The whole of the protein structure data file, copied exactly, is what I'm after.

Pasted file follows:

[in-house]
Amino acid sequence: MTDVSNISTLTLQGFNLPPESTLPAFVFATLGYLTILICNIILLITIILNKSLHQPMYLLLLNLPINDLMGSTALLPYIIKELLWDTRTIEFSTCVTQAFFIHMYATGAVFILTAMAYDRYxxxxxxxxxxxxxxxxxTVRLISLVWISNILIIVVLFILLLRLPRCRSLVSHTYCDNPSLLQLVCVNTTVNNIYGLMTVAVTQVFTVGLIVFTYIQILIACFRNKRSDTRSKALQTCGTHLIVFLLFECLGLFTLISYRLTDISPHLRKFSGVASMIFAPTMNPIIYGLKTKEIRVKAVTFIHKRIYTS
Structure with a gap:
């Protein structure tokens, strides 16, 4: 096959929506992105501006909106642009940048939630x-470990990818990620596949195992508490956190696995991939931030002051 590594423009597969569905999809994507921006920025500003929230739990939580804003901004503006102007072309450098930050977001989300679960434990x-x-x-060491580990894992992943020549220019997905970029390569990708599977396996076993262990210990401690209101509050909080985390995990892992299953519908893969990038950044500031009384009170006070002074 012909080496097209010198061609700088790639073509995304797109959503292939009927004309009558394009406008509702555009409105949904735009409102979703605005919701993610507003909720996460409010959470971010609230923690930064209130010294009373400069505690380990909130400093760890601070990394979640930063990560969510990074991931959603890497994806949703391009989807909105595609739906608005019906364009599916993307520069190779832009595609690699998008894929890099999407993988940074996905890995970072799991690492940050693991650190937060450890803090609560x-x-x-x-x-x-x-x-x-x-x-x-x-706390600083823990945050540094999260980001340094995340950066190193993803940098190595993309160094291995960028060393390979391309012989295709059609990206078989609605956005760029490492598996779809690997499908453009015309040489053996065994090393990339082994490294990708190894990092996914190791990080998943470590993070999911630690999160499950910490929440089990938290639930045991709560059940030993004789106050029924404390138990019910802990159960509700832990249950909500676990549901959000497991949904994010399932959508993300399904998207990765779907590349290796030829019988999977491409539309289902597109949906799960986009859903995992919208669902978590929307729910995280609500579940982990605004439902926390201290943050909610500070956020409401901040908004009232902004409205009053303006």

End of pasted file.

[in-house]
Amino acid sequence: MTDVSNISTLTLQGFNLPPESTLPAFVFATLGYLTILICNIILLITIILNKSLHQPMYLLLLNLPINDLMGSTALLPYIIKELLWDTRTIEFSTCVTQAFFIHMYATGAVFILTAMAYDRYxxxxxxxxxxxxxxxxxTVRLISLVWISNILIIVVLFILLLRLPRCRSLVSHTYCDNPSLLQLVCVNTTVNNIYGLMTVAVTQVFTVGLIVFTYIQILIACFRNKRSDTRSKALQTCGTHLIVFLLFECLGLFTLISYRLTDISPHLRKFSGVASMIFAPTMNPIIYGLKTKEIRVKAVTFIHKRIYTS
Structure with a gap:
């Protein structure tokens, strides 16, 4: 096959929506992105501006909106642009940048939630x-470990990818990620596949195992508490956190696995991939931030002051 590594423009597969569905999809994507921006920025500003929230739990939580804003901004503006102007072309450098930050977001989300679960434990x-x-x-060491580990894992992943020549220019997905970029390569990708599977396996076993262990210990401690209101509050909080985390995990892992299953519908893969990038950044500031009384009170006070002074 012909080496097209010198061609700088790639073509995304797109959503292939009927004309009558394009406008509702555009409105949904735009409102979703605005919701993610507003909720996460409010959470971010609230923690930064209130010294009373400069505690380990909130400093760890601070990394979640930063990560969510990074991931959603890497994806949703391009989807909105595609739906608005019906364009599916993307520069190779832009595609690699998008894929890099999407993988940074996905890995970072799991690492940050693991650190937060450890803090609560x-x-x-x-x-x-x-x-x-x-x-x-x-706390600083823990945050540094999260980001340094995340950066190193993803940098190595993309160094291995960028060393390979391309012989295709059609990206078989609605956005760029490492598996779809690997499908453009015309040489053996065994090393990339082994490294990708190894990092996914190791990080998943470590993070999911630690999160499950910490929440089990938290639930045991709560059940030993004789106050029924404390138990019910802990159960509700832990249950909500676990549901959000497991949904994010399932959508993300399904998207990765779907590349290796030829019988999977491409539309289902597109949906799960986009859903995992919208669902978590929307729910995280609500579940982990605004439902926390201290943050909610500070956020409401901040908004009232902004409205009053303006």